Moore’s Romantic Neoclassicism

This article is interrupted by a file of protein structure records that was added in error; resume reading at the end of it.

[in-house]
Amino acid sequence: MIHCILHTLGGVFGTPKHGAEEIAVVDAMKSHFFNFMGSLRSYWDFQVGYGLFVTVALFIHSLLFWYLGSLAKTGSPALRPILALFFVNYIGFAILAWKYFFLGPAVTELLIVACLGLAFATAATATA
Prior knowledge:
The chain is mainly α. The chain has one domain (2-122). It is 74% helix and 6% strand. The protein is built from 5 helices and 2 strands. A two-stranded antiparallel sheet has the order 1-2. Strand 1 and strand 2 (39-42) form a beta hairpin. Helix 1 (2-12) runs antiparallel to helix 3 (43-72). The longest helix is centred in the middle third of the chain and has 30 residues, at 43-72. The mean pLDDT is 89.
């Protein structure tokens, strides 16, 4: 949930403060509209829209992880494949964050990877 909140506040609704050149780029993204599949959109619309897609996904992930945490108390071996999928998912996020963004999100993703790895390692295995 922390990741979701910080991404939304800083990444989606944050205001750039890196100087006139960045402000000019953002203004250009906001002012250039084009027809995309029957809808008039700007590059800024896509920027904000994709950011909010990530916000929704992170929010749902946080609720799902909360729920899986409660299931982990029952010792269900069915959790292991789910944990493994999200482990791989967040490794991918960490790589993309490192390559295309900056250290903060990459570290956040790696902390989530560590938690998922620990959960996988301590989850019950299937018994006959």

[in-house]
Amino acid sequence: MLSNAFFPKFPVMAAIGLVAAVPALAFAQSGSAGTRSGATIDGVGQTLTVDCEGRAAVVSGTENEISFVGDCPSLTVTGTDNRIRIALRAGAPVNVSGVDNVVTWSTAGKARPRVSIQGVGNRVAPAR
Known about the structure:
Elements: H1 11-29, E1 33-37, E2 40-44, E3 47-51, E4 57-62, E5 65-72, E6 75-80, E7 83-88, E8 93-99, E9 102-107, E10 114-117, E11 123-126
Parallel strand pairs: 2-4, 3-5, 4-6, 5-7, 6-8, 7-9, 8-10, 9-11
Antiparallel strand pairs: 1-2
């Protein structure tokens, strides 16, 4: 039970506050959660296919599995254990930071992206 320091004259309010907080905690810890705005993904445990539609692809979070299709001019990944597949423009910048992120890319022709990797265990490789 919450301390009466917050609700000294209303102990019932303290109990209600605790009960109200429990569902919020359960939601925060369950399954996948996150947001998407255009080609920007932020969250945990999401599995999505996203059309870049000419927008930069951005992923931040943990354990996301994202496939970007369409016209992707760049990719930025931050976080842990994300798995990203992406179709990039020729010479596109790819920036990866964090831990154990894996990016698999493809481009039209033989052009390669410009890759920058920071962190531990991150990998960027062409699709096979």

There is a widespread assumption that Thomas Moore's poetry is unquestionably 'Romantic' because of the importance of feeling in his work. The diversity of kinds of poetry written in Britain and Ireland in the Romantic period comprehends many continuities with the mid- or even early eighteenth century, as well as contradictions within tendencies such as the emphasis on feeling. Lord Byron was quite serious about his contempt for the efforts of the Lake Poets, though, and also about his admiration for John Milton, John Dryden, and Alexander Pope. A comparison of Byron and Moore in respect of their ideas of the classical is very illuminating, especially about Moore, perhaps; if only because his reputation has been sullied by routine slights on his vapid sentimentalism. Moore's work offers a coherent political view which he offered under different modes. Moore's works, from first to last, embody a consistent aesthetic project that it is useful to term 'Romantic Neoclassicism'.